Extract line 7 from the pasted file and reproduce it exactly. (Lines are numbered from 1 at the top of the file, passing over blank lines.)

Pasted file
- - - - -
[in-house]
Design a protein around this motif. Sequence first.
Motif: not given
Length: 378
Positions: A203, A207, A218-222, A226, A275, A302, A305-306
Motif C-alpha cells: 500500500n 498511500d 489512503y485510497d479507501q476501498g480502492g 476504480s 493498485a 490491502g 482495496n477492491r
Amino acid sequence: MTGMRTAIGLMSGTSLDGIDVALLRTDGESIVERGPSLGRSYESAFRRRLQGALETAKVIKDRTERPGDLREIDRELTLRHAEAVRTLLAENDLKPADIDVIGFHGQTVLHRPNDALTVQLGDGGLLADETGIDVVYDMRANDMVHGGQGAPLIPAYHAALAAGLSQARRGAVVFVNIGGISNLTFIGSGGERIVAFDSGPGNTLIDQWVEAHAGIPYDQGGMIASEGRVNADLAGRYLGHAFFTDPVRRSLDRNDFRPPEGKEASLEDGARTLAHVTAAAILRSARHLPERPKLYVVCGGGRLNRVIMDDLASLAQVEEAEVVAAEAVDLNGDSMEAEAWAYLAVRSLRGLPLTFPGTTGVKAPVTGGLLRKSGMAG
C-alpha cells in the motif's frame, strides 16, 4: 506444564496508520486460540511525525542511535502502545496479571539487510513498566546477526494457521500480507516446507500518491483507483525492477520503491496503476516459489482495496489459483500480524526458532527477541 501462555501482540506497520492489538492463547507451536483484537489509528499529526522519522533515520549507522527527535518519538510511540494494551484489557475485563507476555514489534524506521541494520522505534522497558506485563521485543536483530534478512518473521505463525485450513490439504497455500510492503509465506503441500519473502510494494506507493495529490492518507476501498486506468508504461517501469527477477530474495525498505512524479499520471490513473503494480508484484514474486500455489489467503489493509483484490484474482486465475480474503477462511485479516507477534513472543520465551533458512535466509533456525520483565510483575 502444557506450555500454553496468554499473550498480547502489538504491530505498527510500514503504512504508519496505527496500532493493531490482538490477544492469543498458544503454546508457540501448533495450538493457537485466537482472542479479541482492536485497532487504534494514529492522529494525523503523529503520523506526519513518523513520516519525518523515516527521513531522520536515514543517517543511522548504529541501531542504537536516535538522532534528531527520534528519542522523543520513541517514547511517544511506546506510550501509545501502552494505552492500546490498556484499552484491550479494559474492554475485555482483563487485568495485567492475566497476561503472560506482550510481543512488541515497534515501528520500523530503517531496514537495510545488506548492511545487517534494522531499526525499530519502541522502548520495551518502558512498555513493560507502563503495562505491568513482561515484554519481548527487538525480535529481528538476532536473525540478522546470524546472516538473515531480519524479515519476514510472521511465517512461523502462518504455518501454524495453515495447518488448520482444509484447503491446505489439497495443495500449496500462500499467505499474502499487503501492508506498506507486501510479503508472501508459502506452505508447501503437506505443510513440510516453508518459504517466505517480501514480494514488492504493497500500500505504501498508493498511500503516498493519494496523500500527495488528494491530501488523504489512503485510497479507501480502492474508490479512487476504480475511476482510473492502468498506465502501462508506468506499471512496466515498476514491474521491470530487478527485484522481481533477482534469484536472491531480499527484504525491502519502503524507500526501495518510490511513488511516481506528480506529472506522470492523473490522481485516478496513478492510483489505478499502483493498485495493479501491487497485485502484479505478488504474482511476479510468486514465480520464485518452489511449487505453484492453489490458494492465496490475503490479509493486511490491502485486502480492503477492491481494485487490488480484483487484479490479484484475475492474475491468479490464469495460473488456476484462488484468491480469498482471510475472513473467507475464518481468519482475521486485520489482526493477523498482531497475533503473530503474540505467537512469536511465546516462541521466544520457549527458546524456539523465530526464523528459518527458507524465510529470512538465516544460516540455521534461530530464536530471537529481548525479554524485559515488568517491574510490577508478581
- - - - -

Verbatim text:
Amino acid sequence: MTGMRTAIGLMSGTSLDGIDVALLRTDGESIVERGPSLGRSYESAFRRRLQGALETAKVIKDRTERPGDLREIDRELTLRHAEAVRTLLAENDLKPADIDVIGFHGQTVLHRPNDALTVQLGDGGLLADETGIDVVYDMRANDMVHGGQGAPLIPAYHAALAAGLSQARRGAVVFVNIGGISNLTFIGSGGERIVAFDSGPGNTLIDQWVEAHAGIPYDQGGMIASEGRVNADLAGRYLGHAFFTDPVRRSLDRNDFRPPEGKEASLEDGARTLAHVTAAAILRSARHLPERPKLYVVCGGGRLNRVIMDDLASLAQVEEAEVVAAEAVDLNGDSMEAEAWAYLAVRSLRGLPLTFPGTTGVKAPVTGGLLRKSGMAG